Ireland In The New Century
by Horace Plunkett
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Those who have known Ireland for the last dozen years cannot have failed to notice the advent of a wholly new spirit, clearly based upon constructive thought, and expressing itself in a wide range of fresh practical activities. The movement for the organisation of agriculture and rural credit on co-operative lines, efforts of various kinds to revive old or initiate new industries, and, lastly, the creation of a department of Government to foster all that was healthy in the voluntary effort of the people to build up the economic side of their life, are each interesting in themselves. When taken together, and in conjunction with the literary and artistic movements, and viewed in their relation to history, politics, religion, education, and the other past and present influences operating upon the Irish mind and character, these movements appear to me to be worthy of the most thoughtful consideration by all who are responsible for, or desire the well-being of the Irish people.

I should not, however, in days when my whole time and energies belong to the public service, have undertaken the task of writing a book on a subject so complex and apparently so inseparable from heated controversy, were I not convinced that the expression of certain thoughts which have come to me from practical contact with Irish problems, was the best contribution I could make to the work on which I was engaged. I wished, if I could, to bring into clearer light the essential unity of the various progressive movements in Ireland, and to do something towards promoting a greater definiteness of aim and method, and a better understanding of each other's work, among those who are in various ways striving for the upbuilding of a worthy national life in Ireland.

So far the task, if difficult, was congenial and free from embarrassment. Unhappily, it had been borne in upon me, in the course of a long study of Irish life, that our failure to rise to our opportunities and to give practical evidence of the intellectual qualities with which the race is admittedly gifted, was due to certain defects of character, not ethically grave, but economically paralysing. I need hardly say I refer to the lack of moral courage, initiative, independence and self-reliance—defects which, however they may be accounted for, it is the first duty of modern Ireland to recognise and overcome. I believe in the new movements in Ireland, principally because they seem to me to exert a stimulating influence upon our moral fibre.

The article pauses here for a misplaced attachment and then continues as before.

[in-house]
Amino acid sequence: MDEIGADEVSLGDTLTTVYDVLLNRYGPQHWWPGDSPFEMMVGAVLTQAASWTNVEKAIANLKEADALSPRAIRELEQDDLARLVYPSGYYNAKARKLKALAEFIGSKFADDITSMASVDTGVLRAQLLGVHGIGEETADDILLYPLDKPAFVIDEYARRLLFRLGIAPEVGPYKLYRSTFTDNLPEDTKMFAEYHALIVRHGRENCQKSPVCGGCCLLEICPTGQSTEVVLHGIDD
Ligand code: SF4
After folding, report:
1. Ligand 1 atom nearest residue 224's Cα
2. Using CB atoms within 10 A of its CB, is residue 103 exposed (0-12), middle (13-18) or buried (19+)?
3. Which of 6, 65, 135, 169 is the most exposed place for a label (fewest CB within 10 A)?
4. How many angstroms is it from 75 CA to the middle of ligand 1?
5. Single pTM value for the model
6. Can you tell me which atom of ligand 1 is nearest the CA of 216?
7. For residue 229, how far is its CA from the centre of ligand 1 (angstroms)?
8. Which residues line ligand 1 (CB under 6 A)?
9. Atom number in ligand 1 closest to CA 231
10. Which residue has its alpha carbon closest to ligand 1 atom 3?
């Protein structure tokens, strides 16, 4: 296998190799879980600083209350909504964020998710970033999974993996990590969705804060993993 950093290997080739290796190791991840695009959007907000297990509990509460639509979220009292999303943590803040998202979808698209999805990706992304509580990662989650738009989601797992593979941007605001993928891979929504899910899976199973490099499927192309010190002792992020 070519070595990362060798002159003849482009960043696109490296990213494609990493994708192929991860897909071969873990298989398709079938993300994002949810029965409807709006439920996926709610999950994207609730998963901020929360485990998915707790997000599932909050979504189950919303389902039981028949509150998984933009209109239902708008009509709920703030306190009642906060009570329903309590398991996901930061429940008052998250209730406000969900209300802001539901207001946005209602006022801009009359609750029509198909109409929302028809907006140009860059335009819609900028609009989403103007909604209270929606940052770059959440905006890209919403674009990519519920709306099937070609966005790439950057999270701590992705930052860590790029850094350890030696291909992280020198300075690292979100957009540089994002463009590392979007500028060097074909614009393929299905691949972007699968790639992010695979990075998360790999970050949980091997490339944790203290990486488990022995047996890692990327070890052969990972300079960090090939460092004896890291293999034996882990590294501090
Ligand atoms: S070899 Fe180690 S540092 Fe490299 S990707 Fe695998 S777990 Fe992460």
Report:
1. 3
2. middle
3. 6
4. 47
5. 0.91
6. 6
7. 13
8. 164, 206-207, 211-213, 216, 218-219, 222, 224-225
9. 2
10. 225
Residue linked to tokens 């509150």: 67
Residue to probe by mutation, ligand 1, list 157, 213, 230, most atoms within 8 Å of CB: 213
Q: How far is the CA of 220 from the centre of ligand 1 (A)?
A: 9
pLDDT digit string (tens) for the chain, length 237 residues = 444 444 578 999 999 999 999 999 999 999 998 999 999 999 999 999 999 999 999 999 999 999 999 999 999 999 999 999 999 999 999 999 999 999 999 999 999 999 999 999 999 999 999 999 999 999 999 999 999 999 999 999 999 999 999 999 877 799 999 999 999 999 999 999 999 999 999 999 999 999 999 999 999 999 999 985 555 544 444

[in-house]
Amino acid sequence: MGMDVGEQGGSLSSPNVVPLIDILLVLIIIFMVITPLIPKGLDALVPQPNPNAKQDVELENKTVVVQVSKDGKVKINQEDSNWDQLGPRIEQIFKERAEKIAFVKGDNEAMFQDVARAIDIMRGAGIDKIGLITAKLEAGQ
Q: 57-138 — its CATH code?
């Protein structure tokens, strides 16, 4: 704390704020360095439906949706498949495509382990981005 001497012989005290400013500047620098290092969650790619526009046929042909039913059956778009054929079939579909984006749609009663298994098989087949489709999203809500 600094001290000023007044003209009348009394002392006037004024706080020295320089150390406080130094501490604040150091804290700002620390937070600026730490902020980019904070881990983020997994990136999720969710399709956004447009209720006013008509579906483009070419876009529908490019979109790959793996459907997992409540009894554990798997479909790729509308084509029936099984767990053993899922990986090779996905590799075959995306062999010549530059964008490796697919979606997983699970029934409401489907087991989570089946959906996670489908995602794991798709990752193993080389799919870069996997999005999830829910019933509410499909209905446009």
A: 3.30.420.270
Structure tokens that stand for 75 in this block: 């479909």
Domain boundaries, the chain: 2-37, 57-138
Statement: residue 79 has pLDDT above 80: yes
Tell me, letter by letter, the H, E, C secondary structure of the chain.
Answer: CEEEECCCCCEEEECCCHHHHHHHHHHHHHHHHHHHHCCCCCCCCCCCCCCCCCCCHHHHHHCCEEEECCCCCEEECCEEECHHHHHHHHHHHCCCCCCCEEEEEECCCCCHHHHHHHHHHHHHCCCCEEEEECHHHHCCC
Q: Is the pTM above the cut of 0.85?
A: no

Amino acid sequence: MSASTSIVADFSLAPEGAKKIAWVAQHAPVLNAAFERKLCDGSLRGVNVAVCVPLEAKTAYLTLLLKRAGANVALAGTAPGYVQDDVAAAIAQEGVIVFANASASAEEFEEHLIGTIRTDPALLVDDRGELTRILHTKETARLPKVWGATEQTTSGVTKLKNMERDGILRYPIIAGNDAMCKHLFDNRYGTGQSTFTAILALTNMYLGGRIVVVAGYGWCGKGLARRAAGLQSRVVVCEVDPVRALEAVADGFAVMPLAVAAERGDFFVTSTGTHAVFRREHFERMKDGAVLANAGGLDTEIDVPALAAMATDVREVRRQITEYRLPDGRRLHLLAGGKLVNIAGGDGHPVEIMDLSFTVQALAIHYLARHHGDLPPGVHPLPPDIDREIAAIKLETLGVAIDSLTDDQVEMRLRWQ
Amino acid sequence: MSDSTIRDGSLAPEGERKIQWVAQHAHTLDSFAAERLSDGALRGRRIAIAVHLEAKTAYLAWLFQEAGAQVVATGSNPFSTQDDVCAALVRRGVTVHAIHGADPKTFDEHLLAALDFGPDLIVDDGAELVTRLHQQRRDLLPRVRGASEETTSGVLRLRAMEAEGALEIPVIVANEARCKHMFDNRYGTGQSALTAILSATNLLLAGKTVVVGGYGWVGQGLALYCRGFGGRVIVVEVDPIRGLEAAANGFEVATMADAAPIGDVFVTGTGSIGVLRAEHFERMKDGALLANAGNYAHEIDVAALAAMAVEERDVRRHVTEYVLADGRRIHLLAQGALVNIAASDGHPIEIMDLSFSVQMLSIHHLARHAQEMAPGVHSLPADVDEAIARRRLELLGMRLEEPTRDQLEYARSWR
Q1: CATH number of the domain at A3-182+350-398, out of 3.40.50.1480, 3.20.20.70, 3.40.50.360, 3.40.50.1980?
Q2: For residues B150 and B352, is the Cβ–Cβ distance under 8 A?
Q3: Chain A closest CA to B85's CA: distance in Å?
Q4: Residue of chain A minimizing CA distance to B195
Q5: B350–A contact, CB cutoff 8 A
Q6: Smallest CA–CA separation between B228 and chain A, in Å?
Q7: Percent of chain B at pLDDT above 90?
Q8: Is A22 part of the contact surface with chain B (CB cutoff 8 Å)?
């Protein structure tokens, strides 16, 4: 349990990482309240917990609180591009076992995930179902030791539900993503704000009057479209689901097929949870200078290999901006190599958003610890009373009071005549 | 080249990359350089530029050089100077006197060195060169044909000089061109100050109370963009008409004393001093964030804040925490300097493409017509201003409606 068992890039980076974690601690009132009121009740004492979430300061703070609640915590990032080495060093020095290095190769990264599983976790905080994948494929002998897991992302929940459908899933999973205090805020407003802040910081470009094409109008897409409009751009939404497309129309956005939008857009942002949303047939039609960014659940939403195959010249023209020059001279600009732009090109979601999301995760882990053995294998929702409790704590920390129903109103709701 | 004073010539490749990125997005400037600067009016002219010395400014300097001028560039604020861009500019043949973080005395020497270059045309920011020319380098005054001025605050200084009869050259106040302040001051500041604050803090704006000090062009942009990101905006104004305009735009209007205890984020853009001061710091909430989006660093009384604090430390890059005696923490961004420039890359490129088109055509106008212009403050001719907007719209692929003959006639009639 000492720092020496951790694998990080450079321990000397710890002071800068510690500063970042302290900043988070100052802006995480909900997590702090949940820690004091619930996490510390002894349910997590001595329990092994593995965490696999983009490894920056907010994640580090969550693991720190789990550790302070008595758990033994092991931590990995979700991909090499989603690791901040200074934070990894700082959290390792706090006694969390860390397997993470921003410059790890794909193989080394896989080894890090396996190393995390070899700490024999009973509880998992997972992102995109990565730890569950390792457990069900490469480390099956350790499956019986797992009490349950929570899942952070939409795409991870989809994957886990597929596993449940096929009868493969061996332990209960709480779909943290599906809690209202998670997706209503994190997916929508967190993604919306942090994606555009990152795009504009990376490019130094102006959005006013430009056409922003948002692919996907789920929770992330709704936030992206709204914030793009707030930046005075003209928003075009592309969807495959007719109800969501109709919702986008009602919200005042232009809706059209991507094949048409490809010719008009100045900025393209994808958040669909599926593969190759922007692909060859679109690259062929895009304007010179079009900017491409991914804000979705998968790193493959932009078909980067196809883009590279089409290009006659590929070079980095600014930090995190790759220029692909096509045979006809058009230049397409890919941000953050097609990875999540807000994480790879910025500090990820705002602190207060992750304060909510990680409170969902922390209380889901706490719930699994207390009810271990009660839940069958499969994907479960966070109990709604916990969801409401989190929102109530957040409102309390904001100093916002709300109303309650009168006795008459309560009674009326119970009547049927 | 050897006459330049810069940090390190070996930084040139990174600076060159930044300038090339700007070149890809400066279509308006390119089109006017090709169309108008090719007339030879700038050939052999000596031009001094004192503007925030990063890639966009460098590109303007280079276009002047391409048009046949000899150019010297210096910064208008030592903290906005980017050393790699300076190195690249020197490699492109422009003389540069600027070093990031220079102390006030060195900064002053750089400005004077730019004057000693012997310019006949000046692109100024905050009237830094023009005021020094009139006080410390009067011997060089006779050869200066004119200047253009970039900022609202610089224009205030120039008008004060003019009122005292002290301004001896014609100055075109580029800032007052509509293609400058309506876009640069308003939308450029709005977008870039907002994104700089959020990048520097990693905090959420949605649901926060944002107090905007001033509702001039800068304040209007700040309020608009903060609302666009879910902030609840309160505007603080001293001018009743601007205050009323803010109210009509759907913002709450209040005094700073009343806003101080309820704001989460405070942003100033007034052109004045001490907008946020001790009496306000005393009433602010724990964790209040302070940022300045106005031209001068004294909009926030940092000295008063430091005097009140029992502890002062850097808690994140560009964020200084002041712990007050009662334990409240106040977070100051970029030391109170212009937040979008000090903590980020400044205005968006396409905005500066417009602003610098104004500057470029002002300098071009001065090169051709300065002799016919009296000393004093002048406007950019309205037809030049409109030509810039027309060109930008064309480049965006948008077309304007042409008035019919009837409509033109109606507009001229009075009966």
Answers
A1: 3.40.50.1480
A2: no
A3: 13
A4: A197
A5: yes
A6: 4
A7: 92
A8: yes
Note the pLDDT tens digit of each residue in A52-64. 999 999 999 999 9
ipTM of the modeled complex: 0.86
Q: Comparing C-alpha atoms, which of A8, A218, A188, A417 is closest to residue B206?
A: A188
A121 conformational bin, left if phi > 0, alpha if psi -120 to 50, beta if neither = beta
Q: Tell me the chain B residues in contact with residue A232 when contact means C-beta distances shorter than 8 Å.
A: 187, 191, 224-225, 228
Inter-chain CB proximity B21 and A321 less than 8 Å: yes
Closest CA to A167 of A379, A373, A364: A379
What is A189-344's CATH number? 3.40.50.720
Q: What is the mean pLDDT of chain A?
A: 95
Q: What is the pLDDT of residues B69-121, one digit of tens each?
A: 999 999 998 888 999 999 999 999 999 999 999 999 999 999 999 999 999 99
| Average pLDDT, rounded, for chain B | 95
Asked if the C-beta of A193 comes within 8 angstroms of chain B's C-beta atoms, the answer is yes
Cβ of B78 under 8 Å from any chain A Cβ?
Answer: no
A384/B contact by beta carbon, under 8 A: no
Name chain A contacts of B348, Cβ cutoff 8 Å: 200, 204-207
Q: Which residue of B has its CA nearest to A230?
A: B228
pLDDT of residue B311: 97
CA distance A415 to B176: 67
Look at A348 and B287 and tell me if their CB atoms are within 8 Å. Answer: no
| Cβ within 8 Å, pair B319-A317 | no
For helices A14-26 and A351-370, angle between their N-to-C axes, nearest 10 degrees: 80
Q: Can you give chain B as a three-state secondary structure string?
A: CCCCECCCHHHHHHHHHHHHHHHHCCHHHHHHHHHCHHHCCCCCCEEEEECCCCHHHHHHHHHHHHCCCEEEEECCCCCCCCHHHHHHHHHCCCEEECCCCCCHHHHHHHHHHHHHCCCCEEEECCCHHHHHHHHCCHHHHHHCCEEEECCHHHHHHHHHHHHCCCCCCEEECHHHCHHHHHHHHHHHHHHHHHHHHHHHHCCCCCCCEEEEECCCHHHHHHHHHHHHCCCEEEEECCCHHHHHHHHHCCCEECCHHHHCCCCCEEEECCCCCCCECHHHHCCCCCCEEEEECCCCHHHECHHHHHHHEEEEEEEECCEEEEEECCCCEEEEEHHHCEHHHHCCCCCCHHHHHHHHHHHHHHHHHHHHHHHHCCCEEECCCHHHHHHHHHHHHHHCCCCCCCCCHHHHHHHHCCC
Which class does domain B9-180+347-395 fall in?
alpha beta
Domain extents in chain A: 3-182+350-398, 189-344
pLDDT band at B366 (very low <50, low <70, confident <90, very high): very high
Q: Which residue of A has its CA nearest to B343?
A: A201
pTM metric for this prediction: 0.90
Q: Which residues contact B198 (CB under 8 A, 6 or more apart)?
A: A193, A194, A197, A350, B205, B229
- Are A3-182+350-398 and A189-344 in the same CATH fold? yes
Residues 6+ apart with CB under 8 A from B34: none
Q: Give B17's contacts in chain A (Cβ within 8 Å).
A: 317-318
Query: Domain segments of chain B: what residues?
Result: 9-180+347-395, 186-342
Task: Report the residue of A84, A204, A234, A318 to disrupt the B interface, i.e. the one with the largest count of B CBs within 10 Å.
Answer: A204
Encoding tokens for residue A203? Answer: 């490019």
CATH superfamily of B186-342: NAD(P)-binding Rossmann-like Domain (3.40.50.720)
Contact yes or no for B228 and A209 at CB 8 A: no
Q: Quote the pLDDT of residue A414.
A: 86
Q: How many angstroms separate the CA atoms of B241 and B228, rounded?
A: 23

Holding such an opinion, I had to decide between preserving a discreet silence and speaking my full mind. The former course would, it appeared to me, be a poor example of the moral courage which I hold to be Ireland's sorest need. Moreover, while I am full of hope for the future of my country, its present condition does not, in my view, admit of any delay in arriving at the truth as to the essential principles which should guide all who wish to take a part, however humble, in the work of national regeneration.

I desire to state definitely that I have not written in any representative capacity except where I say so explicitly. I write on my own responsibility, with the full knowledge that there is much in the book with which many of those with whom I work do not agree.

December, 1903.






Fidelity of the Irish to the National Ideal Disregard of Material Advantage in its Pursuit Home Rule Movement under Gladstone The Anti-Climax under Lord Rosebery The Logic of Events and the Dawn of the Practical The Mutual Misunderstanding of England and Ireland The Dunraven Conference produces a Revolution in English Thought about Ireland The Actual Change Examined Future Misunderstanding best averted by considering Nature of Anti-English Feeling Illustration from Irish-American Life Importance of Sentiment in Ireland—English Habit of Ignoring Historical Grievances Still Operative The Commercial Restrictions—Remaining Effects of Irish Land Tenure—Lord Dufferin on Defects of Land Laws—Their Effect on Agriculture Right Attitude towards Historic Grievances Plea for Broader and more Philosophic View of Irish Question Simple Explanations and Panaceas Deprecated A Many-Sided Human Problem



Misunderstanding of the Irish People by the English and by Themselves Anomalies of Irish Life The New Movement—Position of Nationalists and Unionists in it North and South The Question of Rural Life Economic Side of the Question Grazing versus Tillage Peasant Organisation to be Supplemented by State-Aid Uneconomic Holdings too Prevalent Remedies Proposed Salvation not by Agriculture Alone Rural Industries and the Irish Home Reasons for Arrested Development of Home Life Inter-Dependence of the Sentimental and Practical in Ireland Outlines of Succeeding Chapters



Legislation as a Substitute for Work Political Shortcomings of Unionism and Nationalism Compared Action of the Unionist Party Reviewed Two Main Causes of its Lack of Success The Contribution of Ulster The Nationalist Party Are Irishmen Good Politicians? The Irish and the Scotch-Irish in America America's Interest in the Problem Part Played by English Government in Producing Modern Irish Disabilities Causes of the Growth of National Feeling Retardation of Political Education by the One-Man System And by Politicians of To-Day Defence of Nationalist Policy on Ground of Tactics Considered The Forces opposed to Home Rule—How Dealt with Local Government—How it might have been utilised After Home Rule? Beginnings of Political Education The Irish Parliamentary Party